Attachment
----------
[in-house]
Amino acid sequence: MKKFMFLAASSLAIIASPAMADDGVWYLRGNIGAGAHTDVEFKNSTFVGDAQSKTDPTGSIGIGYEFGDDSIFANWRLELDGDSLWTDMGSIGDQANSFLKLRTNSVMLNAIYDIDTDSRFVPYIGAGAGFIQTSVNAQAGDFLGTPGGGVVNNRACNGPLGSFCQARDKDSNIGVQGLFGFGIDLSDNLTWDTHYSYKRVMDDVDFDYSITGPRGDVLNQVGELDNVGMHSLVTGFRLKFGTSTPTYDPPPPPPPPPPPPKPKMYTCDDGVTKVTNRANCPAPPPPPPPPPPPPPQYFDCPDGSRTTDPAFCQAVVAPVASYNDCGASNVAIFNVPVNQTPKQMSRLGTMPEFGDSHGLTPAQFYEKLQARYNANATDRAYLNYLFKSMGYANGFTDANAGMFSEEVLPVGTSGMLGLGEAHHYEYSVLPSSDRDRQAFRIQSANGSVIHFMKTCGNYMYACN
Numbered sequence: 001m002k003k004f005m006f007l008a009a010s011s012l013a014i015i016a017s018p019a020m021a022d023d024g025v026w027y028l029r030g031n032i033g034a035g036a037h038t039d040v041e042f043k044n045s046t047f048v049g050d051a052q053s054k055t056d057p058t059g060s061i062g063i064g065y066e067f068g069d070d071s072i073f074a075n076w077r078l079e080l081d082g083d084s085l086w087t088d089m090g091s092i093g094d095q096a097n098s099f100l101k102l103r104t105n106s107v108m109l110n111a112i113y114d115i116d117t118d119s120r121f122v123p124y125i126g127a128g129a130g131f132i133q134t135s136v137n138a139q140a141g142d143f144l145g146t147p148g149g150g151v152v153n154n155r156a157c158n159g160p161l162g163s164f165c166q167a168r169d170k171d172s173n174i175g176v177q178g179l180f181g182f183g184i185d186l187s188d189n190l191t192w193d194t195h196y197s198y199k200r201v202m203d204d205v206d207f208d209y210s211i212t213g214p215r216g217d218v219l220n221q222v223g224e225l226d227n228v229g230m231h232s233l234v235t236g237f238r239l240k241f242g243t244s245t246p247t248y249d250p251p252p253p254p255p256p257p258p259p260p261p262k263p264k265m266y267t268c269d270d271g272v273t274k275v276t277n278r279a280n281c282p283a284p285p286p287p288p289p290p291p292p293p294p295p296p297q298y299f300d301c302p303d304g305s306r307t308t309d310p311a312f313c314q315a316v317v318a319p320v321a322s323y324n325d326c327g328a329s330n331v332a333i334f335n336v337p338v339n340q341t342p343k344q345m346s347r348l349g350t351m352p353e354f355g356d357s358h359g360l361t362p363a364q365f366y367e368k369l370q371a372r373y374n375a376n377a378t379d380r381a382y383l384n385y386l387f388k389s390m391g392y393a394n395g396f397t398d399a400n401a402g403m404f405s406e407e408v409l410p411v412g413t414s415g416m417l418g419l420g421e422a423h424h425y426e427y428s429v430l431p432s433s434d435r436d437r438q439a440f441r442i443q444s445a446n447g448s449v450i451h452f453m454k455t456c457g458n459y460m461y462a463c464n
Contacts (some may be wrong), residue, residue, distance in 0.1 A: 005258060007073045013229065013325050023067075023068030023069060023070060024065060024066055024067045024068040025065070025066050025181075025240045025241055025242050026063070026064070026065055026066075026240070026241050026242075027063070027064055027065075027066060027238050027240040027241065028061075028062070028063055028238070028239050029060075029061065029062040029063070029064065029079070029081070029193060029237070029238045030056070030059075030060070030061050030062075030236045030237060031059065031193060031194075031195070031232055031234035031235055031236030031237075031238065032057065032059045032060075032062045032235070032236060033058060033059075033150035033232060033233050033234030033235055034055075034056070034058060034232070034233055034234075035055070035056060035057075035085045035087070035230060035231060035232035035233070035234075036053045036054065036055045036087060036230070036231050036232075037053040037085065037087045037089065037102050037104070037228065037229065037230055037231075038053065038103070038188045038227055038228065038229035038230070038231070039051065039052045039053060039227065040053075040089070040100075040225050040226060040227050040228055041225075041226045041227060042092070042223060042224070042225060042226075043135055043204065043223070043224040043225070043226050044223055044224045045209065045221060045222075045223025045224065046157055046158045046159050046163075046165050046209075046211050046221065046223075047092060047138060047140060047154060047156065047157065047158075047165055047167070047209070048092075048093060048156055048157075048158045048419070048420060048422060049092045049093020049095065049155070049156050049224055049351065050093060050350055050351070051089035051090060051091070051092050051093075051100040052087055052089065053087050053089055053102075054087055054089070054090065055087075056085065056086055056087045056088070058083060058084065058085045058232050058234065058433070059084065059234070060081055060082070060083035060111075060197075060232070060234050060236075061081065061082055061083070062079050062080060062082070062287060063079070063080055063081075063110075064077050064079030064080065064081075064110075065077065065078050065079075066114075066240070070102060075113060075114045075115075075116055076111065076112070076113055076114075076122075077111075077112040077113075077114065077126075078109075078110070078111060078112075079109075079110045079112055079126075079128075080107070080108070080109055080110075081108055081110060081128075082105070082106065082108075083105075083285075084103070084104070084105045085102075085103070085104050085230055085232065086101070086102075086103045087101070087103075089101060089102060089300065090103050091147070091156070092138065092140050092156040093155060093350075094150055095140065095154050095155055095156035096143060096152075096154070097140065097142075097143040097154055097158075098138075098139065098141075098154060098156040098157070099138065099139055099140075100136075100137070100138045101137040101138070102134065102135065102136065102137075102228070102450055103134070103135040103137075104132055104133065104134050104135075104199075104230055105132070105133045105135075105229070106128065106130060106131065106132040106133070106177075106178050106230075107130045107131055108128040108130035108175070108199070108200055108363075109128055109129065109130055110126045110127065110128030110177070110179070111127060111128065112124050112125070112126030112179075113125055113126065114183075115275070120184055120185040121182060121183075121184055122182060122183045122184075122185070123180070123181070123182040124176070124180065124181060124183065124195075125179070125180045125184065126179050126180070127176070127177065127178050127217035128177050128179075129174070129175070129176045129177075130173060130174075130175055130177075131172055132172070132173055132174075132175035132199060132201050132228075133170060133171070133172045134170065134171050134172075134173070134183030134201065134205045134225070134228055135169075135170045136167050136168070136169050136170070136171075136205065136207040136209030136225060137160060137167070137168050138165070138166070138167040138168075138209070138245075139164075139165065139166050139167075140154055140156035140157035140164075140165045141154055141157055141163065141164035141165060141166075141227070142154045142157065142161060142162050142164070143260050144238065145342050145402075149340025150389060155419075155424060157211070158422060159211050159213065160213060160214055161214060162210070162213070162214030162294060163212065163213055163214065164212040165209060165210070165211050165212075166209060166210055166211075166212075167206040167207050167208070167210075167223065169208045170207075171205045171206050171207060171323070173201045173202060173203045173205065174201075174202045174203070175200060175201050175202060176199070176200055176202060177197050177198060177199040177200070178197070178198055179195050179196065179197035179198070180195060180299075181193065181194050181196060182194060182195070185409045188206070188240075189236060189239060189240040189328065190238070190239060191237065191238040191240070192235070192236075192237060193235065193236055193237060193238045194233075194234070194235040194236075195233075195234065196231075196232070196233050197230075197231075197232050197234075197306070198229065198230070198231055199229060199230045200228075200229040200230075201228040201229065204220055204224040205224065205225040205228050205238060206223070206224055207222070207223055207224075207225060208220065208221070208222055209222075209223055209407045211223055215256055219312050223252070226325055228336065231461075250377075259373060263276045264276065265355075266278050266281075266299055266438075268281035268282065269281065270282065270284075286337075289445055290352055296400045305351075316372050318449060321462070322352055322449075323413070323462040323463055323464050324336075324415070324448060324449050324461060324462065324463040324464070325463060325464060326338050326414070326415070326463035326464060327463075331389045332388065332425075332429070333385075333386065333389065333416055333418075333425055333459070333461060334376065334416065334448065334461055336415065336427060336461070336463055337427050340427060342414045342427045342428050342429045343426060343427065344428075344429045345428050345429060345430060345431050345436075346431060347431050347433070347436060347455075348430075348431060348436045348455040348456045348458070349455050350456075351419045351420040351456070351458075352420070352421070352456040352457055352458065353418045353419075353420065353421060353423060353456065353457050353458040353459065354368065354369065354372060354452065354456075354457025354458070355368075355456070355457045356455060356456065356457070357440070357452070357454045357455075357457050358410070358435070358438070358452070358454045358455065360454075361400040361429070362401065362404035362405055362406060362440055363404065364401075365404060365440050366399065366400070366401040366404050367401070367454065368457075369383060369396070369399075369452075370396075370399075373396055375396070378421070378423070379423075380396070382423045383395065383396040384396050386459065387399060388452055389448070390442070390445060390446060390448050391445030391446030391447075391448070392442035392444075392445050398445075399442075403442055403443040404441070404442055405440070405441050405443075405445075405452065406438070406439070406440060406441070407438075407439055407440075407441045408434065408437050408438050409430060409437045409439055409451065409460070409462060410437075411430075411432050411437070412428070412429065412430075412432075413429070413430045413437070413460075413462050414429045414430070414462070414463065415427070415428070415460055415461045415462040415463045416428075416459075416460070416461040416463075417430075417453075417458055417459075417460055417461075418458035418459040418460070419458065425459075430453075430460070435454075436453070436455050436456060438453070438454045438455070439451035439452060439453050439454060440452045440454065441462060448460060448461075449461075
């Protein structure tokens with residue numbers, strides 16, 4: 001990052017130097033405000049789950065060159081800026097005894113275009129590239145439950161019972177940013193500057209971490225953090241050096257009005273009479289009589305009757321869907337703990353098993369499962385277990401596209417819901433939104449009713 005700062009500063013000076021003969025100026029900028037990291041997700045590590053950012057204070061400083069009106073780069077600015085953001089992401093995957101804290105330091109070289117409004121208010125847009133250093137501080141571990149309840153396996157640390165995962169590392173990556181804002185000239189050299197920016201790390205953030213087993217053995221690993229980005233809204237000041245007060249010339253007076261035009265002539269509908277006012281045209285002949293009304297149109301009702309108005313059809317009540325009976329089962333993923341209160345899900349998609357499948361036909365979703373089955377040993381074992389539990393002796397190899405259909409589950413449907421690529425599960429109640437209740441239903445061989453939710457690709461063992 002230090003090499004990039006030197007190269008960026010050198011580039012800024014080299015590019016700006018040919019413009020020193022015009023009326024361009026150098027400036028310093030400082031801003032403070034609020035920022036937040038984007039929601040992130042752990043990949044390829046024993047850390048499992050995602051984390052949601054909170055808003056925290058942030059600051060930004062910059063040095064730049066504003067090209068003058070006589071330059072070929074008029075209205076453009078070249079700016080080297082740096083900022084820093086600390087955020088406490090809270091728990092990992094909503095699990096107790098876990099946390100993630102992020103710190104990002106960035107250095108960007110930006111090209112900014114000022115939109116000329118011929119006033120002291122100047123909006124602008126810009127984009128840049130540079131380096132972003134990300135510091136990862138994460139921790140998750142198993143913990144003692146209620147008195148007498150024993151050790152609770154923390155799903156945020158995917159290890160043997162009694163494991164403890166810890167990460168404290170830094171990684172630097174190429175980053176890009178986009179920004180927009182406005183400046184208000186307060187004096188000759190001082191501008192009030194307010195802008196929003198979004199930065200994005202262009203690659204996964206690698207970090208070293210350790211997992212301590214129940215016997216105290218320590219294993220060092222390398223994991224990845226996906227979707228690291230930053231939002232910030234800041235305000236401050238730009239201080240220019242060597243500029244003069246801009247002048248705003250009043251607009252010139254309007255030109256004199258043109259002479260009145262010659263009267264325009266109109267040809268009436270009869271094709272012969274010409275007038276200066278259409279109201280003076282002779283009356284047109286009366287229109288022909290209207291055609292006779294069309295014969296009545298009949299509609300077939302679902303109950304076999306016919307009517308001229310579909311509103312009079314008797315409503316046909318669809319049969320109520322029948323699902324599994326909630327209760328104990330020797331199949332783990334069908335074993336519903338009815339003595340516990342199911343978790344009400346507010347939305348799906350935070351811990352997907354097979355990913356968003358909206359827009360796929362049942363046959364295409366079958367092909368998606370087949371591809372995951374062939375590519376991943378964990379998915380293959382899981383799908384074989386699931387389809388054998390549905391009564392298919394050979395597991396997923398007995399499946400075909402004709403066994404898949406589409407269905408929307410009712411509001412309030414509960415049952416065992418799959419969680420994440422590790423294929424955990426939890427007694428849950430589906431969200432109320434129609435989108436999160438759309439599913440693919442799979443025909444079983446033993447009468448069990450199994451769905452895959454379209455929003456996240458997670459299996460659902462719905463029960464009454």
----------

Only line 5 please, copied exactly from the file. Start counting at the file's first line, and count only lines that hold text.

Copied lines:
């Protein structure tokens with residue numbers, strides 16, 4: 001990052017130097033405000049789950065060159081800026097005894113275009129590239145439950161019972177940013193500057209971490225953090241050096257009005273009479289009589305009757321869907337703990353098993369499962385277990401596209417819901433939104449009713 005700062009500063013000076021003969025100026029900028037990291041997700045590590053950012057204070061400083069009106073780069077600015085953001089992401093995957101804290105330091109070289117409004121208010125847009133250093137501080141571990149309840153396996157640390165995962169590392173990556181804002185000239189050299197920016201790390205953030213087993217053995221690993229980005233809204237000041245007060249010339253007076261035009265002539269509908277006012281045209285002949293009304297149109301009702309108005313059809317009540325009976329089962333993923341209160345899900349998609357499948361036909365979703373089955377040993381074992389539990393002796397190899405259909409589950413449907421690529425599960429109640437209740441239903445061989453939710457690709461063992 002230090003090499004990039006030197007190269008960026010050198011580039012800024014080299015590019016700006018040919019413009020020193022015009023009326024361009026150098027400036028310093030400082031801003032403070034609020035920022036937040038984007039929601040992130042752990043990949044390829046024993047850390048499992050995602051984390052949601054909170055808003056925290058942030059600051060930004062910059063040095064730049066504003067090209068003058070006589071330059072070929074008029075209205076453009078070249079700016080080297082740096083900022084820093086600390087955020088406490090809270091728990092990992094909503095699990096107790098876990099946390100993630102992020103710190104990002106960035107250095108960007110930006111090209112900014114000022115939109116000329118011929119006033120002291122100047123909006124602008126810009127984009128840049130540079131380096132972003134990300135510091136990862138994460139921790140998750142198993143913990144003692146209620147008195148007498150024993151050790152609770154923390155799903156945020158995917159290890160043997162009694163494991164403890166810890167990460168404290170830094171990684172630097174190429175980053176890009178986009179920004180927009182406005183400046184208000186307060187004096188000759190001082191501008192009030194307010195802008196929003198979004199930065200994005202262009203690659204996964206690698207970090208070293210350790211997992212301590214129940215016997216105290218320590219294993220060092222390398223994991224990845226996906227979707228690291230930053231939002232910030234800041235305000236401050238730009239201080240220019242060597243500029244003069246801009247002048248705003250009043251607009252010139254309007255030109256004199258043109259002479260009145262010659263009267264325009266109109267040809268009436270009869271094709272012969274010409275007038276200066278259409279109201280003076282002779283009356284047109286009366287229109288022909290209207291055609292006779294069309295014969296009545298009949299509609300077939302679902303109950304076999306016919307009517308001229310579909311509103312009079314008797315409503316046909318669809319049969320109520322029948323699902324599994326909630327209760328104990330020797331199949332783990334069908335074993336519903338009815339003595340516990342199911343978790344009400346507010347939305348799906350935070351811990352997907354097979355990913356968003358909206359827009360796929362049942363046959364295409366079958367092909368998606370087949371591809372995951374062939375590519376991943378964990379998915380293959382899981383799908384074989386699931387389809388054998390549905391009564392298919394050979395597991396997923398007995399499946400075909402004709403066994404898949406589409407269905408929307410009712411509001412309030414509960415049952416065992418799959419969680420994440422590790423294929424955990426939890427007694428849950430589906431969200432109320434129609435989108436999160438759309439599913440693919442799979443025909444079983446033993447009468448069990450199994451769905452895959454379209455929003456996240458997670459299996460659902462719905463029960464009454």